The social bonds of housing

Renee Levett
Creative Content Manager

What does a $NZ500 million investment in social housing look like? It looks like around 1,000 houses.

“One thousand warm, safe and dry houses for people who need it most,” says Sam Direen the Treasurer of government body Housing New Zealand.

Such houses are desperately in need – across the ditch as well. In Australia, the National Housing Financing and Investment Corporation (NHFIC) was formed 12 months ago by the Federal Government to address the substantial housing challenge facing the country.

But building houses – even for such a worthy cause – requires funding and bonds are one source, a capital markets source, in which ANZ has deep experience. ANZ recently led a social bond for both NHFIC and Housing New Zealand Corporation (HNZ), aimed at increasing access and availability of social and affordable housing on both sides of the Tasman.

 

Well received by investors, it’s the first time a bank has arranged a social bond in different segments, across different geographies. The bonds set benchmarks as the first ever capital markets issue for NHFIC and the first social bond for Housing New Zealand.

 

Dean Spicer, ANZ Head of Capital Markets New Zealand, says the response from investors was very strong and the success of the bond goes a long way towards building a new asset class for fund managers seeking quality credit underpinned by positive social impact.

“A significant transaction of $NZ500 million certainly provided liquidity which has been sought by many investors, helping drive interest from offshore investors who account for just over 20 per cent of the book, as well as the fact we had more than 20 investors participate including many who were focused on the sustainability aspect,” says Dean.

Housing New Zealand has since followed up with a $NZ600 million Wellbeing Bonds Issue in September which are sustainability bonds but aligned with the New Zealand Government’s Living Standards Framework.

As the leading capital markets house in Australia and New Zealand, ANZ is committed to improve the availability of suitable and affordable housing options for all Australian and New Zealanders, something CEO Shayne Elliott says the bank is passionate about.

“One of the areas we can impact the community is in the area of housing. This is not about charitable works, it’s about bringing the full force of ANZ, one of the largest financial institutions in the county to bear; to have an impact and to shape the world for good,” Shayne says.

 

Better together

 

Partnering with NHFIC and Housing New Zealand allows ANZ to join forces and draw on each organisation’s expertise in order to deliver better outcomes.

CEO NHFIC, Nathan Dal Bon says working in partnership with other stakeholders is key to the solution of unlocking the new supply of housing, especially with partners such as ANZ who align to the purpose of NHIFIC.

“We need to work with others to ensure we develop their responses to make sustained inroads into the shortage of housing in Australia,” he says.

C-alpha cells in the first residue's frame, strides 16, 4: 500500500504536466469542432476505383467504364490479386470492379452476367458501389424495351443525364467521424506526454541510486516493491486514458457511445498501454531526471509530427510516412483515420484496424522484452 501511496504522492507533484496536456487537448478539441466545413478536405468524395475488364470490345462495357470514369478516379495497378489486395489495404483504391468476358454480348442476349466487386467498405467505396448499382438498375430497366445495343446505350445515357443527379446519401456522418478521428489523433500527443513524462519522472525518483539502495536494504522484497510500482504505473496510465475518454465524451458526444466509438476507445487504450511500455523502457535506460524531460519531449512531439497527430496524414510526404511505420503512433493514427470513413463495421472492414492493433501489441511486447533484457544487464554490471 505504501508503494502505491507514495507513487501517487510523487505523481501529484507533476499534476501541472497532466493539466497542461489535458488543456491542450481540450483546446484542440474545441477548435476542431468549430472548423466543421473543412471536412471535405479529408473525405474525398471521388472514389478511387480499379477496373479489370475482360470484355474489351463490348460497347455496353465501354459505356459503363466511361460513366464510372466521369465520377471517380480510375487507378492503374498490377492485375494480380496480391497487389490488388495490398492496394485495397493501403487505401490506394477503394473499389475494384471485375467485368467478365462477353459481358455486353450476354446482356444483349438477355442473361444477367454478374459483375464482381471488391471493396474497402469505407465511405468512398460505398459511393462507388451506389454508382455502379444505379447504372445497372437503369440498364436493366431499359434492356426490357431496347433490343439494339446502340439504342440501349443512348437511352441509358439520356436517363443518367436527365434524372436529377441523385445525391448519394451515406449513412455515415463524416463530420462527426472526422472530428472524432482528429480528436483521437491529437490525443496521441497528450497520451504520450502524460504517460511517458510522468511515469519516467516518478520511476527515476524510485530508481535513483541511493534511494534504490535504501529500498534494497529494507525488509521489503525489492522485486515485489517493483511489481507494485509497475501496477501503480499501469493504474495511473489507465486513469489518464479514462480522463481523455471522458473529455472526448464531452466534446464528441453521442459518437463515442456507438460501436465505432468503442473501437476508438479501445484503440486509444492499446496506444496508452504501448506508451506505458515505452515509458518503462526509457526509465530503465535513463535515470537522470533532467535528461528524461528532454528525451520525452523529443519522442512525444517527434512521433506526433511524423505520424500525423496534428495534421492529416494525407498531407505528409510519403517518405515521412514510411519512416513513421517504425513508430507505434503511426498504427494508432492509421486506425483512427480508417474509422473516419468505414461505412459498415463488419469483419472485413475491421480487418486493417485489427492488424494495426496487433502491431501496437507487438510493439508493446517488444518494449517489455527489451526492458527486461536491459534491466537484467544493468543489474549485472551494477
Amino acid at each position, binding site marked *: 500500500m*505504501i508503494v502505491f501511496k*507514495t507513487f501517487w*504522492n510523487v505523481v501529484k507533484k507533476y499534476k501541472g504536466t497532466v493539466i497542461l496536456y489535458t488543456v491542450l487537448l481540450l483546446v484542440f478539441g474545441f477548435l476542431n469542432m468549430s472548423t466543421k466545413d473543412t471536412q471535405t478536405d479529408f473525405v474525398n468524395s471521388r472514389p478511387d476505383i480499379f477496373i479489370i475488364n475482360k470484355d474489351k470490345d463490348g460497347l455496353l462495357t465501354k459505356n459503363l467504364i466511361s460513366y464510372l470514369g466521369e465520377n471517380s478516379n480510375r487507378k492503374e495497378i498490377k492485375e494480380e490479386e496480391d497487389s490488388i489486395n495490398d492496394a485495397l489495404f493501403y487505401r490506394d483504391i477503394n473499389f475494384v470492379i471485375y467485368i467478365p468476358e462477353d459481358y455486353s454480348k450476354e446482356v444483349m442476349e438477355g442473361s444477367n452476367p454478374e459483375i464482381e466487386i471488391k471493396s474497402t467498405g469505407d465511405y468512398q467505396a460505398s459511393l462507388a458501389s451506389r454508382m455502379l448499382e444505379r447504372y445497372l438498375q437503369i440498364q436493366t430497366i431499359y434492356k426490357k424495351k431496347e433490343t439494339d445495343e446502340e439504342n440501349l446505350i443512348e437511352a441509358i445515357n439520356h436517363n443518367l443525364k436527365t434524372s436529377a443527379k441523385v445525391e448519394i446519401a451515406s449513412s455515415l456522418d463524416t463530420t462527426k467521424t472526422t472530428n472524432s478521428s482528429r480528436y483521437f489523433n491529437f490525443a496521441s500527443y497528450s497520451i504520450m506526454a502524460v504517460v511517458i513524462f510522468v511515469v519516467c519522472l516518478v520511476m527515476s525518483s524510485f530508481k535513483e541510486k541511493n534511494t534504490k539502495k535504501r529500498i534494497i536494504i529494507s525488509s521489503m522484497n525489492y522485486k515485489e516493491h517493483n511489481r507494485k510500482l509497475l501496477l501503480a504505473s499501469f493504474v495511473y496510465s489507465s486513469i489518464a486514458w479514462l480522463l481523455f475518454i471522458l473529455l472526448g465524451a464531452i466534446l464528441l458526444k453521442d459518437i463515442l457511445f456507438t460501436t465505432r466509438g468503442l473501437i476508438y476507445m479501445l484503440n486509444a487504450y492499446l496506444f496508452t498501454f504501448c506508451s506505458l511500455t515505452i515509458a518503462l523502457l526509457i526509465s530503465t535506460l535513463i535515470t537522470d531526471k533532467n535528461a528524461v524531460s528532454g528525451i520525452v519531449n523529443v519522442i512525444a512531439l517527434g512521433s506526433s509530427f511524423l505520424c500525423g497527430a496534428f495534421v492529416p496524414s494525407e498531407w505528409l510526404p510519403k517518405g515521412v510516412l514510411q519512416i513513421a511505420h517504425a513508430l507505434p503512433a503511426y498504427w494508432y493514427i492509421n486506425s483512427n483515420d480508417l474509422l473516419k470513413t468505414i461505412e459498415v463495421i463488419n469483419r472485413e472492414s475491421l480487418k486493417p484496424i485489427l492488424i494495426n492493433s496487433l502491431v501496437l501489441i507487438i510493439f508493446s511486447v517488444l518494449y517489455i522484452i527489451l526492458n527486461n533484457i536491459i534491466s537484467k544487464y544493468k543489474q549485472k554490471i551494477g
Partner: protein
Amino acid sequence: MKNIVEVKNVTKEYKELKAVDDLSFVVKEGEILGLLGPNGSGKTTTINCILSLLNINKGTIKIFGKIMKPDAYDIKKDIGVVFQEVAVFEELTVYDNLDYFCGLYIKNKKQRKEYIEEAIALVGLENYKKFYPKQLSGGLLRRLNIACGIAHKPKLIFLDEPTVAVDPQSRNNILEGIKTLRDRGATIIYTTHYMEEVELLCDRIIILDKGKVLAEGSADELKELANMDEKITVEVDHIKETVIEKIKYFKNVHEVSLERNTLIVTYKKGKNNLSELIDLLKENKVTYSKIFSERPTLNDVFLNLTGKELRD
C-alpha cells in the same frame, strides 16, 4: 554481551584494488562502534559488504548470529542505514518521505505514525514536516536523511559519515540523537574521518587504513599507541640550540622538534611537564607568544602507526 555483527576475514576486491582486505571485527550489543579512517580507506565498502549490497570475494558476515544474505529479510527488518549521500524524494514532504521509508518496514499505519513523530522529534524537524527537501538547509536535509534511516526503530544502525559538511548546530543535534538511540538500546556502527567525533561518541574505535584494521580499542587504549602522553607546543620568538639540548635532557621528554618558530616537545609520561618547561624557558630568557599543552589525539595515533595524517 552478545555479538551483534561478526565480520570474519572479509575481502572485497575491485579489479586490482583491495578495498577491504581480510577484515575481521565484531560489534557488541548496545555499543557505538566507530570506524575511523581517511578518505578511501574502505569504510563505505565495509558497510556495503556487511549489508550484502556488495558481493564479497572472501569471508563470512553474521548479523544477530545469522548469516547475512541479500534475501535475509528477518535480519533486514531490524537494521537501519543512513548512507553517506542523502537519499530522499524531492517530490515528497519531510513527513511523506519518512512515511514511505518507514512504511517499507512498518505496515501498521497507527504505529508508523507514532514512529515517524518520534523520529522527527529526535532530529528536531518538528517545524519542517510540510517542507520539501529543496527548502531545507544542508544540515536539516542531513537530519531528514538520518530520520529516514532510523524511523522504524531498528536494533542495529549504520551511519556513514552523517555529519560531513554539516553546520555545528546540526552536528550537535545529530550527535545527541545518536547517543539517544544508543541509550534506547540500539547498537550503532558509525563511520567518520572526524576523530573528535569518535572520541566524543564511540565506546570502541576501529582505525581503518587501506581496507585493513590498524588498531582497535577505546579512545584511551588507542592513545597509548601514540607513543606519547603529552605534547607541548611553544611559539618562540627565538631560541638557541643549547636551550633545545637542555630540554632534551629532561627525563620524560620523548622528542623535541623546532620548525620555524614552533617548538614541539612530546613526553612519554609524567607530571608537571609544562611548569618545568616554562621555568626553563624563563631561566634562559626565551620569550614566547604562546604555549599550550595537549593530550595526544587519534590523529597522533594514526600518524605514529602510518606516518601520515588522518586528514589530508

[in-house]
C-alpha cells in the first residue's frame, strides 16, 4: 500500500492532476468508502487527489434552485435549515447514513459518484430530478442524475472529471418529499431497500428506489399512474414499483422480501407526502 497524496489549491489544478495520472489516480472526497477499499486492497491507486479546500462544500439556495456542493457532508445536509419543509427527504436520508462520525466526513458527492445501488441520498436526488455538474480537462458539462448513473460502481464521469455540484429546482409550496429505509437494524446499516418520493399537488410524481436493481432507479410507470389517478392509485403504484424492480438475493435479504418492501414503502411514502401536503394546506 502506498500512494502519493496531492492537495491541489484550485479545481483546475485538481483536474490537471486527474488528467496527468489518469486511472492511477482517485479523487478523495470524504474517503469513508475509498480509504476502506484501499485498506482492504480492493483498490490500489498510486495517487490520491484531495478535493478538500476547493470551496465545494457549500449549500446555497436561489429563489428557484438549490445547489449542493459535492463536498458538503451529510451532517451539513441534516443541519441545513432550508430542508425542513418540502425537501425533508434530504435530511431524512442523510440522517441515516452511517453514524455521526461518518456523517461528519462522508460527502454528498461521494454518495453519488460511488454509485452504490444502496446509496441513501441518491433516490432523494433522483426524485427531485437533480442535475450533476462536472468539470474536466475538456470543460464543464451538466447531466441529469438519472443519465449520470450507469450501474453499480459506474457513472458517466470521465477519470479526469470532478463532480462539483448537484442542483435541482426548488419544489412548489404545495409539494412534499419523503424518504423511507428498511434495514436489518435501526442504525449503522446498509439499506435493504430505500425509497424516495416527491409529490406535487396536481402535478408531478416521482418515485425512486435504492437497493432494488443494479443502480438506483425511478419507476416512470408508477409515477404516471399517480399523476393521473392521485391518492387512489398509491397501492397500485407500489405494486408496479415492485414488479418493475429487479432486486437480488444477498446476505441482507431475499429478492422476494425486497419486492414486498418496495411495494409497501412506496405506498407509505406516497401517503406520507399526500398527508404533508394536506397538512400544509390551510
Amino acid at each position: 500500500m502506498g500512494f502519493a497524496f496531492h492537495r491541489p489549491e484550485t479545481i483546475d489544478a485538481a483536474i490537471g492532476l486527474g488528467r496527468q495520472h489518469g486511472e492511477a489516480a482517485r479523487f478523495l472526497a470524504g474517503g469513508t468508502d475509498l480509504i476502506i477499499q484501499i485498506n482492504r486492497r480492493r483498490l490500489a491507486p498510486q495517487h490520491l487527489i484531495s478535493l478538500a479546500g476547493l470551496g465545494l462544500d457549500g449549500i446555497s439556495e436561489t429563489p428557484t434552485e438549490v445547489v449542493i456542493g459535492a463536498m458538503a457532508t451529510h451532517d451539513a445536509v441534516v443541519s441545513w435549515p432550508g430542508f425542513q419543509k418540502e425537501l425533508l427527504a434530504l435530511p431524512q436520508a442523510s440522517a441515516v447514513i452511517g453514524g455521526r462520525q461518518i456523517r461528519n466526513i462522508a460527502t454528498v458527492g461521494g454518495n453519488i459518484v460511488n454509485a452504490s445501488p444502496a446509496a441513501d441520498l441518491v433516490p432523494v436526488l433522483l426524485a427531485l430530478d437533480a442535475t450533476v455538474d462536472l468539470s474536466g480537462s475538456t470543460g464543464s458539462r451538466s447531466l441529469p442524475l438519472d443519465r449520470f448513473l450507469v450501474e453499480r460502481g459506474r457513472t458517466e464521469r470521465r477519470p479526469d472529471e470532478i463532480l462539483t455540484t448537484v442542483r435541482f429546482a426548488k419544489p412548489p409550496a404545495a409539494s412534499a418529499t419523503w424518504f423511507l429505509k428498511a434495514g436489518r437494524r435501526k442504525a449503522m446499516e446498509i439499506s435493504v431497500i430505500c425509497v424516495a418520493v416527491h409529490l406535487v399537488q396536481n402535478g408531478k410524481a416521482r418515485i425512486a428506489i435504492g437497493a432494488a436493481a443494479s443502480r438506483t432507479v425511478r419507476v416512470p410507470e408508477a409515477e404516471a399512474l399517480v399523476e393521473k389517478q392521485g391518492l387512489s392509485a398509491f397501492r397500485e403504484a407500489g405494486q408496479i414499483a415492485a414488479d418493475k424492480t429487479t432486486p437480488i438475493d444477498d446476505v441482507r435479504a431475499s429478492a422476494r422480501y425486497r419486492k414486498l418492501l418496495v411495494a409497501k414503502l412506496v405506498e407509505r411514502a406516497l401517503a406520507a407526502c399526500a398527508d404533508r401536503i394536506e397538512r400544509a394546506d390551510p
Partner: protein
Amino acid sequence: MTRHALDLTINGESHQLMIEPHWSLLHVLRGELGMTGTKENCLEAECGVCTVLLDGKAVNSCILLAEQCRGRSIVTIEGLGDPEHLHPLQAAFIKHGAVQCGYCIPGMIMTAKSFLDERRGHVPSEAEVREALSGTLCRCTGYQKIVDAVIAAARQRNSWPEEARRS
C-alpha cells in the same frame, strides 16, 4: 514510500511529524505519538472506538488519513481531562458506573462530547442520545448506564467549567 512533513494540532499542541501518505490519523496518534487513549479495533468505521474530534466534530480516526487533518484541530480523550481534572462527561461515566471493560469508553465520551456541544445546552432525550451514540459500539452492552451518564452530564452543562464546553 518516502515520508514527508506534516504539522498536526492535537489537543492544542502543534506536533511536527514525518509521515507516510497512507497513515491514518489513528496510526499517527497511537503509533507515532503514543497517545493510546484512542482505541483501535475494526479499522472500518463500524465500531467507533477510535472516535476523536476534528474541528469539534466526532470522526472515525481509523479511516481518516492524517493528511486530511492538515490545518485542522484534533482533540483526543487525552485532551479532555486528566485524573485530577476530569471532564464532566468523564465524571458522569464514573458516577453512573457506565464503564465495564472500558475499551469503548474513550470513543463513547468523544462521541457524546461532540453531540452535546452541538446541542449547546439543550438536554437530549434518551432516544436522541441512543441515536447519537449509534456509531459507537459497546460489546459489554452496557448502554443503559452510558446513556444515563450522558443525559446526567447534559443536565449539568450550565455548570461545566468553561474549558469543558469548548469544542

“In particular we need to work with private financiers who are already engaging in the community housing provider (CHP) space.

“We also need to work with State Governments who have a number of programs that support the community housing sector and also leverage other programs that are already operating at the Commonwealth and local Government level.”

Whether it be housing bonds, social impact bonds, green bonds or others, more specialised products are developing in the debt markets to tap into different capital pools that investors have allocated for a particular purpose.

Katharine Tapley, Head of Sustainable Finance at ANZ believes this was a very impactful and unique transaction for the capital markets in Australia.

“It really showed (a concept like) the green bond market can apply to a broader class of assets, into social infrastructure assets for example,” she says.

“It was also unique because NHFIC is a legislated, AAA rated government guaranteed entity that was brand new into the capital markets. A lot of interest was attracted into the transaction because of the nature of the issuers, as well as the format being a social bond.”

 

A positive social impact

 

A relatively new type of financing, social bonds are structured so the proceeds fund a social purpose. For example, in this case, owning a NHFIC or Housing New Zealand bond is an indirect investment into Australia and New Zealand’s social and affordable housing sector.

The return is based on the credit worthiness of the borrower who is responsible for directing the financing to social causes, with an obligation to report accordingly.

Access to housing has a huge impact on people’s ability to both thrive socially and economically, as well as to feel secure according to Caryn Kakas, Head of Housing Strategy at ANZ.

“For a society, having access to safe and suitable housing has a very real impact in a range of ways,” she says.

“It allows people to be part of a place and access into a community, a home where they feel safe and where they can thrive.”

 

Future potential

 

While these benchmark transactions have created great interest in the region, bond markets in the United Kingdom and the United States have a long, multi-billion track record of financing social and affordable housing.

ANZ’s Spicer believes growing interest is linked to the conscious consumer.

“We are seeing consumers looking very closely at the products they are buying and that is now coming into financial products as well,” he says.

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